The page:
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Findings from RCT Grants

A Randomized Controlled Trial to Evaluate BallotReady’s Make a Plan to Vote Online Tool to Increase Voter Turnout

This well-conducted RCT found no statistically significant impact on voter turnout in the 2018 U.S. midterm elections.

Grantee: Vote​.org. The final study report submitted to Arnold Ventures is posted here.

Description of the Intervention: BallotReady, a non-partisan social enterprise that runs a widely-used website providing information about every candidate in upcoming elections, partnered with the non-profit Vote​.org to create an online tool called Make a Plan to Vote (MAPTV). The MAPTV tool has three components: (i) a series of specific questions to encourage website visitors to make a plan to vote, (ii) prompts for users to sign up for text or email reminders about when and where to vote, and (iii) a platform where users can easily share their intent to vote with their friends on social network websites.

Study Design: Prior to the 2018 U.S. midterm elections, the study randomly assigned 119,211 users of the BallotReady website in all 50 states to the MAPTV version of the site (treatment group) or the information-only version of the site (control group). Multiple users located at the same street address were randomly assigned to the same group. Roughly 70 – 75% of treatment group members used at least some features of the MAPTV tool prior to the election (e.g., choosing a polling time and location). The study’s pre-specified primary outcome was voter turnout in the 2018 mid-term elections, as measured using publicly available voting records.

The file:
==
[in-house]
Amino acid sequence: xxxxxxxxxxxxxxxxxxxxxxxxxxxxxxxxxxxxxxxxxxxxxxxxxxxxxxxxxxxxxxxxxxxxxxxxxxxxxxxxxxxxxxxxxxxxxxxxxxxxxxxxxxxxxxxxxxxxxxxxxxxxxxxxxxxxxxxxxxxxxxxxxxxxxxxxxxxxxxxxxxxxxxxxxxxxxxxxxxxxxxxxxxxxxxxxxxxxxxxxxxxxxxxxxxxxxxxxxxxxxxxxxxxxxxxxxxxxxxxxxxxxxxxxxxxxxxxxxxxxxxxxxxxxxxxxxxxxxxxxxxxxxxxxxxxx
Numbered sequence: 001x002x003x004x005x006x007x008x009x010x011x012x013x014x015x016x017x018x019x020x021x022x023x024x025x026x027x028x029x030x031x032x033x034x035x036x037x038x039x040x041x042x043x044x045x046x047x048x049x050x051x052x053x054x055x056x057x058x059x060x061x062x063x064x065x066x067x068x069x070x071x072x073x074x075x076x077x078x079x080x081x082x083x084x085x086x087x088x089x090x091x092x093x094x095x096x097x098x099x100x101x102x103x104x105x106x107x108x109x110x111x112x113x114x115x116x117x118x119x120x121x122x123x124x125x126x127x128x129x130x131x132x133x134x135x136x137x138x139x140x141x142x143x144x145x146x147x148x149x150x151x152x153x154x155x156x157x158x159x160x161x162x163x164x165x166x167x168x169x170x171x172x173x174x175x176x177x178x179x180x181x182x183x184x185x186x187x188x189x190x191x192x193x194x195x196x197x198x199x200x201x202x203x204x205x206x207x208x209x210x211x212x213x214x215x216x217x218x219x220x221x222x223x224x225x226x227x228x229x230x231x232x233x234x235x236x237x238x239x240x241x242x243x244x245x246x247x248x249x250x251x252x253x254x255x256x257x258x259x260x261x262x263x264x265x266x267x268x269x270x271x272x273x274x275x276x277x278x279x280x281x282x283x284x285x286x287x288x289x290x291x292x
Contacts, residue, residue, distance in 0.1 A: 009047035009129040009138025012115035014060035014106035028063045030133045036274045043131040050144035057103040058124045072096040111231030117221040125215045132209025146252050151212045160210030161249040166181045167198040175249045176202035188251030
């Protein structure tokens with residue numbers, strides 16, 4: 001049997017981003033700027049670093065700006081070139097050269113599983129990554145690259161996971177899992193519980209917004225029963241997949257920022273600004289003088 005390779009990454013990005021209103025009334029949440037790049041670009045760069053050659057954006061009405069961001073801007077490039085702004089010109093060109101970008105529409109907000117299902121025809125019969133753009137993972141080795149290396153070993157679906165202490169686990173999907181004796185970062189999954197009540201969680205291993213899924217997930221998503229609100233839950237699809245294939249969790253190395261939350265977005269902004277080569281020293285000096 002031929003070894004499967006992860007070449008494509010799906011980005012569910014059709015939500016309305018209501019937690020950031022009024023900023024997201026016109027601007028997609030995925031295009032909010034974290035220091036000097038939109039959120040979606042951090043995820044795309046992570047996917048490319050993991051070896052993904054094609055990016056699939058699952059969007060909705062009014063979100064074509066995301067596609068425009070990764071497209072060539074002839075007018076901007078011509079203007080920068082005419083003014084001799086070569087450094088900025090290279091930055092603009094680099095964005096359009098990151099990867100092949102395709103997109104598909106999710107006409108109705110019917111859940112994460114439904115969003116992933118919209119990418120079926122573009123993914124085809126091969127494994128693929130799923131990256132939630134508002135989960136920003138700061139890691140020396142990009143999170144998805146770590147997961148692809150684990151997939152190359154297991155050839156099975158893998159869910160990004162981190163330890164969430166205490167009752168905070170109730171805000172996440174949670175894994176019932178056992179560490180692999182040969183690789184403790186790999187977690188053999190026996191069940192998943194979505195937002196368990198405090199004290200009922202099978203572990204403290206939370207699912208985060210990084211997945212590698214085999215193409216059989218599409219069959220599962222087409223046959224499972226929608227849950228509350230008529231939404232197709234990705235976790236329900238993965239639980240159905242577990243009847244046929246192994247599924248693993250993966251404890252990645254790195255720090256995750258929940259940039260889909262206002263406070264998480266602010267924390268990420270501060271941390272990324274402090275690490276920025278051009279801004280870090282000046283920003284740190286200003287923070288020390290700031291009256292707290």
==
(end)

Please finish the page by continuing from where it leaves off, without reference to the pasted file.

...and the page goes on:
Impact on the Primary Outcome: The study found no statistically significant effect on voter turnout in the 2018 midterm elections. The turnout rate was 74% in both the treatment and control group. 

Study Quality: Based on careful review, we believe this was a well-conducted RCT that produced valid findings.1

  1. 1

    For example, the study had successful random assignment (as evidenced by highly-similar treatment and control groups) and valid analyses that were publicly pre-registered and, among other things, accounted for the fact that users at the same address were assigned to the same study group (treatment or control). One modest study limitation is that voting outcomes could only be obtained (via match to voter records) for 56% of the sample. However, the match rates were virtually identical for the treatment and control groups, as were the baseline characteristics of those treatment and control group members who were matched, making it unlikely that imperfect matching undermined the randomization and led to inaccurate results.